The top billing of the day came in the second matchup of the week between Alberta and B.C., this time with gold on the line and the home province didn’t disappoint early on.
Goals from Guhle and McClennon had Alberta up 2-0 just past the midway point of the second period, but B.C. found a spark and began to rally. Late second period goals from Sourdif, Tyson Phare (Prince George Cougars) tied up the game and a goal from Ryan Watson (Medicine Hat Tigers) gave B.C. their first lead of the game 20 seconds into the third.
Put on the defensive, Alberta rallied in the final two minutes with a power-play goal from McClennon, his sixth goal of the tournament to force overtime.
It wouldn’t take long to find a champion though, with Ben King (Swift Current Broncos) striking 2:37 into the extra period to deliver the victory. Garand was sharp once again, stopping 24 of 27 shots to hold Alberta at bay.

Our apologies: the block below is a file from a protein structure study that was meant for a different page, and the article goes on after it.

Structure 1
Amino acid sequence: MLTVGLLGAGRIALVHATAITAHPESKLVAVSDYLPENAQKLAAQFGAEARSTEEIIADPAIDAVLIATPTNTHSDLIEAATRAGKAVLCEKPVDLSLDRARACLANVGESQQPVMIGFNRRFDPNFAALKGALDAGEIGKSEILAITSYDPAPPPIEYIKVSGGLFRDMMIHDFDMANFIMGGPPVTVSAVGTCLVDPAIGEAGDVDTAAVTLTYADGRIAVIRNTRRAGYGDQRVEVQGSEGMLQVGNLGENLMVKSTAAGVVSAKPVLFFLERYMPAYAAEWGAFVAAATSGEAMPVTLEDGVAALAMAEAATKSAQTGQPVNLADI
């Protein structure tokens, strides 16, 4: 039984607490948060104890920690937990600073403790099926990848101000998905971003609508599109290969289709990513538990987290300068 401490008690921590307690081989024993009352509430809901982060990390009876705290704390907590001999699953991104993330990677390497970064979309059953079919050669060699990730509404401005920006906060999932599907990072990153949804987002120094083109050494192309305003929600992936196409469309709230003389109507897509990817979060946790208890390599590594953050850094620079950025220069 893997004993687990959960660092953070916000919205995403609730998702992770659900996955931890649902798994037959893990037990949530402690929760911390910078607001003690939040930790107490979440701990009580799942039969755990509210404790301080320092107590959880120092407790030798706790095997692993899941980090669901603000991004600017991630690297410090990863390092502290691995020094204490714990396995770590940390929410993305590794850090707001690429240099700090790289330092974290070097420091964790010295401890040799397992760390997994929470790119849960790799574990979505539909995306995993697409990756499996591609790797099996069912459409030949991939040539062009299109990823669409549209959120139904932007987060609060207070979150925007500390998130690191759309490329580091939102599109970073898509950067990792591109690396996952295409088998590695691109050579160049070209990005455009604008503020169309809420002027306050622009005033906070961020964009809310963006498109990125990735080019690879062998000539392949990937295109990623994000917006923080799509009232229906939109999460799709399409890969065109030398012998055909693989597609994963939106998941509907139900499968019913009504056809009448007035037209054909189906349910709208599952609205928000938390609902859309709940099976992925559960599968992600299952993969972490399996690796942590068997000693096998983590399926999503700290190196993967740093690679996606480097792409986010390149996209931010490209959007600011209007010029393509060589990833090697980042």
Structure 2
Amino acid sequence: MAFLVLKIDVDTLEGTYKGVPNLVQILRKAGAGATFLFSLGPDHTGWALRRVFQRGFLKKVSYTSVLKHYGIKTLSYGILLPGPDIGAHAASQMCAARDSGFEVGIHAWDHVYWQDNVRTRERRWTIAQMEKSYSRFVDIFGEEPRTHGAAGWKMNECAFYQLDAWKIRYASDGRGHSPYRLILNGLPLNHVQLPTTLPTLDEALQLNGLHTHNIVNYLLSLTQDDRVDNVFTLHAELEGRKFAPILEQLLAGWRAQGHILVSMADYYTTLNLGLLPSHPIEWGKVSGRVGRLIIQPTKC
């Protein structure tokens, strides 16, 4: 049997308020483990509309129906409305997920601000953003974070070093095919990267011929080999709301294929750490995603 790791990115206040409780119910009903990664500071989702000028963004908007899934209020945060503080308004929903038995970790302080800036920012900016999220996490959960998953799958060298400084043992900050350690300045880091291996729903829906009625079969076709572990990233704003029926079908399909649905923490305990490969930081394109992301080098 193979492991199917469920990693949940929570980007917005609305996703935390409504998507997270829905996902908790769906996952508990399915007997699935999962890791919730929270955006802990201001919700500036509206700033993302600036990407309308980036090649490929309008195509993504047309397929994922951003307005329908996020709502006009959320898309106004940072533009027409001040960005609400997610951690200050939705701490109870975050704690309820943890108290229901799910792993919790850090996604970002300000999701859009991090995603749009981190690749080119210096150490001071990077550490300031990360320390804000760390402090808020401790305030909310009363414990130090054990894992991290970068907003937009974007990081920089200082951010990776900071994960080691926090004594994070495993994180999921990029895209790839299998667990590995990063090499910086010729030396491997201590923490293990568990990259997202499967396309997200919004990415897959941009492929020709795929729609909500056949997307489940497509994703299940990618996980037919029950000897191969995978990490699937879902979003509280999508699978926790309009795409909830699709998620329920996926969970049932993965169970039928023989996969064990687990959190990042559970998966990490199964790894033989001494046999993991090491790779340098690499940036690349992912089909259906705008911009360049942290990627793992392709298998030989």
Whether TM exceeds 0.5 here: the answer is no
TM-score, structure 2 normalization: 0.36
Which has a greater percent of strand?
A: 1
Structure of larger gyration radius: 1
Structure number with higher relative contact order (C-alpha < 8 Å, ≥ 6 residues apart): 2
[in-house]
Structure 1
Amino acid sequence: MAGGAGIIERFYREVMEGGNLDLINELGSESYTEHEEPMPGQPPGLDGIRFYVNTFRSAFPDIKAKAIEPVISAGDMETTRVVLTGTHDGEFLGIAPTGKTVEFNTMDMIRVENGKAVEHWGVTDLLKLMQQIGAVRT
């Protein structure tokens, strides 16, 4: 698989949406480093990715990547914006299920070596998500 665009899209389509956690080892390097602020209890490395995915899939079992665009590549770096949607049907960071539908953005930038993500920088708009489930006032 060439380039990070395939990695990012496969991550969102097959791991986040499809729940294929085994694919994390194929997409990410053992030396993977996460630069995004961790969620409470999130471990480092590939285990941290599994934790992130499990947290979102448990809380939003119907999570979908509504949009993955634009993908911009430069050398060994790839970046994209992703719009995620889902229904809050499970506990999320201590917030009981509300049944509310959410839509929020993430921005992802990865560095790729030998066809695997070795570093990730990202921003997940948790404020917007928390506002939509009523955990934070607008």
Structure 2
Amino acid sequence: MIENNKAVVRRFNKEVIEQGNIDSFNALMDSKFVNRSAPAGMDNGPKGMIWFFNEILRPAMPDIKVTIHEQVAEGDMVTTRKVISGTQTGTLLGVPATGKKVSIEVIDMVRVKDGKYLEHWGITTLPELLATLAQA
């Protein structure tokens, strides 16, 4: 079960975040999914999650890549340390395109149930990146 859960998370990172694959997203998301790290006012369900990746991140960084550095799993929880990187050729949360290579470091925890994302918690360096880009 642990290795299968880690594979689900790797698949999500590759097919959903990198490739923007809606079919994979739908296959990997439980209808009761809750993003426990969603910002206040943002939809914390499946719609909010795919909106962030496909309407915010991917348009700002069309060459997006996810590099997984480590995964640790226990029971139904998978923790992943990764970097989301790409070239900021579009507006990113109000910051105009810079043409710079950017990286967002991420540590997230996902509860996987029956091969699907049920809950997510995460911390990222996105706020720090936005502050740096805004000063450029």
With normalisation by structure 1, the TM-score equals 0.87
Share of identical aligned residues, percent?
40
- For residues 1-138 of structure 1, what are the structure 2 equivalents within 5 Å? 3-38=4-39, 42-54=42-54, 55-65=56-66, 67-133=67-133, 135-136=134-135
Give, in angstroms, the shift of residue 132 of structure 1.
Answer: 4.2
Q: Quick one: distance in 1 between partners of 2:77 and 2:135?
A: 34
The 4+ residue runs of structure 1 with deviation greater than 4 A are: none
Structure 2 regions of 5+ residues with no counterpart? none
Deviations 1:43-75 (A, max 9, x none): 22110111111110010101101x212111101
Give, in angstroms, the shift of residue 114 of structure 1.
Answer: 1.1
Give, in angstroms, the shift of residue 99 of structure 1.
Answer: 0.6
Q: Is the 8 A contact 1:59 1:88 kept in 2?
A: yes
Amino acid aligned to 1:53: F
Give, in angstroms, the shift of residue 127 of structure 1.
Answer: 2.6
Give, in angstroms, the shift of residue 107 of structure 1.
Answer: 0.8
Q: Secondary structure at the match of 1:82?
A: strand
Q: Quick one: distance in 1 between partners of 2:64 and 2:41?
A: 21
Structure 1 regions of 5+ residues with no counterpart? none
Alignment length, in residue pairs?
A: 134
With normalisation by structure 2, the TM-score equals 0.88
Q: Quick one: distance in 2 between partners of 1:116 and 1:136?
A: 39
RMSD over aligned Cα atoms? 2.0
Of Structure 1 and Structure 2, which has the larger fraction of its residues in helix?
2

The tournament all-star roster was also named, with all four provinces represented. Alberta earned three tournament all-star honours with Crnkovic, McClennon, and Guhle picking up honours after finishing as the top three scorers in the tournament. Joining Crnkovic and McClennon on the forward all-star list was Sourdif from Team B.C. From Manitoba, Hunt was recognized for his play in helping Manitoba to the podium. In net, Bryan Thompson (Lethbridge Hurricanes) from Saskatchewan was named to the tournament all-star team in the goaltending position.
The celebrations weren’t over for all players either as King, the overtime hero, would go on to raise the Ed Chynoweth Cup with the Swift Current Broncos just a few months later while a long cast list of other players made their WHL debuts in advance of earning regular playing time during the 2018-19 season.
Though the teams have since departed, the first big step in the junior hockey journey has begun for 80 players, many of whom will come to be seen on a regular basis across the WHL for years to come.